Every time I mention brake by wire, throttle by wire or anything by wire, there's a contingent of voices that just can't get their heads around the change. Here is another sign of control by wire in a place I wouldn't have thought about, bicycles. Shimano has introduced their full electronic shift by wire system for road bicycles. The derailleur is controlled by a stepper motor to precisely position itself for each gear change. There is a wiring harness to connect it with the gear shift which takes the slightest touch to execute the move. It's powered by a lithium-ion battery (isn't everything?) which will last 1000 km between charges. Everyone who has used it raves about how well it works and, predictably, some purists can't stand the idea.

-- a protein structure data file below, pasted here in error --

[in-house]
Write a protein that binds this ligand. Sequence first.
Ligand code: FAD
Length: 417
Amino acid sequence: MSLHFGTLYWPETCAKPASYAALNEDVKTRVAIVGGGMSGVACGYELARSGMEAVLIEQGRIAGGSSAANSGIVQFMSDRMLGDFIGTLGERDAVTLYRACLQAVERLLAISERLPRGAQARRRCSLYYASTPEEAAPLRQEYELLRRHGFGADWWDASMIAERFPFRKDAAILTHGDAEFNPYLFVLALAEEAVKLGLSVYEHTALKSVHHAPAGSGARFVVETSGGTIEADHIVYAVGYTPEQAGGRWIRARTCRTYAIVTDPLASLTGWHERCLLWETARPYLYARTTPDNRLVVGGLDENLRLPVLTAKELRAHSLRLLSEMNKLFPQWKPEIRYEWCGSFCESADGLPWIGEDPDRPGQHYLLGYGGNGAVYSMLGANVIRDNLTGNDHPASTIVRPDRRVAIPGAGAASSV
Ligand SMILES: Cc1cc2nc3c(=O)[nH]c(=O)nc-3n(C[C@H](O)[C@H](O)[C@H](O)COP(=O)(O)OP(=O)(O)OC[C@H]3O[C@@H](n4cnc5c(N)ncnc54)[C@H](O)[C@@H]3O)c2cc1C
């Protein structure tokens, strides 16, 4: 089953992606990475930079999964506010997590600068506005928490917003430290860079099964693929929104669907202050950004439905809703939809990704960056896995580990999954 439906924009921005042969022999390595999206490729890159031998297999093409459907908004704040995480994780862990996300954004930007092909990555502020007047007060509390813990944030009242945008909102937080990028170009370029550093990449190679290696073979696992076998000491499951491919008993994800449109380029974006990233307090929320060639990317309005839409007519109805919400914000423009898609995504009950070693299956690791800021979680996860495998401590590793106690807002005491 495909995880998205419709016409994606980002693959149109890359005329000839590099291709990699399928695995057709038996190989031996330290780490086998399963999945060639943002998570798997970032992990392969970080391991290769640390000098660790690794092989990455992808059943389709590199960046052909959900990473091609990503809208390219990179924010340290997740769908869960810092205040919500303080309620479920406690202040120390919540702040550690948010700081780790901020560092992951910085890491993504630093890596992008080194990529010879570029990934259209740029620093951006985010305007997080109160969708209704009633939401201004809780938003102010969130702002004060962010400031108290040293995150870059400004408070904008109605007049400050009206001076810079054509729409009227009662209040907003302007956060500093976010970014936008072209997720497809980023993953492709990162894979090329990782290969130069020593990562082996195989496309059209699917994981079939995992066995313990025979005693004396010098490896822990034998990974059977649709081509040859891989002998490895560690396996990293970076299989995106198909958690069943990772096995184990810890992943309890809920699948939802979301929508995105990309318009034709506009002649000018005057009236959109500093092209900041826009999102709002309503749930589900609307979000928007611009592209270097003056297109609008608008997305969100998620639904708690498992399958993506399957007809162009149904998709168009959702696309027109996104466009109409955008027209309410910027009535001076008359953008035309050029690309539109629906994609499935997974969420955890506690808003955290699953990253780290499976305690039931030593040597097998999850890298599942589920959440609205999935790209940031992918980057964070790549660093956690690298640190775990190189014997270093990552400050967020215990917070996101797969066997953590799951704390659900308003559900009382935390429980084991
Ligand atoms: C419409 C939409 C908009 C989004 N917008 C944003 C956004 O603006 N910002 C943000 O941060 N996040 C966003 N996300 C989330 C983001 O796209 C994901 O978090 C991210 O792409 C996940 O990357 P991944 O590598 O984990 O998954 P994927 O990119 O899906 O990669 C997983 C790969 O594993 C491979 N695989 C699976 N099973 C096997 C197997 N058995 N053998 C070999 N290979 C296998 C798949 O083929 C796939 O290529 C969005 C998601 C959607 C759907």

If electronic shifting is entering the relatively lower cost (but sometimes still pricey) mechanical world of bicycles, motorcycle "by wire" controls of all sorts will soon be with us on bikes in every price range, after all, electronics continually go down in price once volume goes up so expect it soon on the bargain basement entry level scooter as well as the high end touring bikes, though it will probably be coming on the higher end first. Of course, as electric motorcycles start to enter the market in greater numbers, what better place to go all electric in the control systems, too?
Harley Davidson is introducing electronic throttle control on their 2009 touring bikes and Honda has a new electronic control combined ABS system for super sport motorcycles. It won't stop there, it will filter down through the entire range.
Put away the cable lube and get out your voltmeter. Change is coming, you might as well get used to it.
Link: Wired Magazine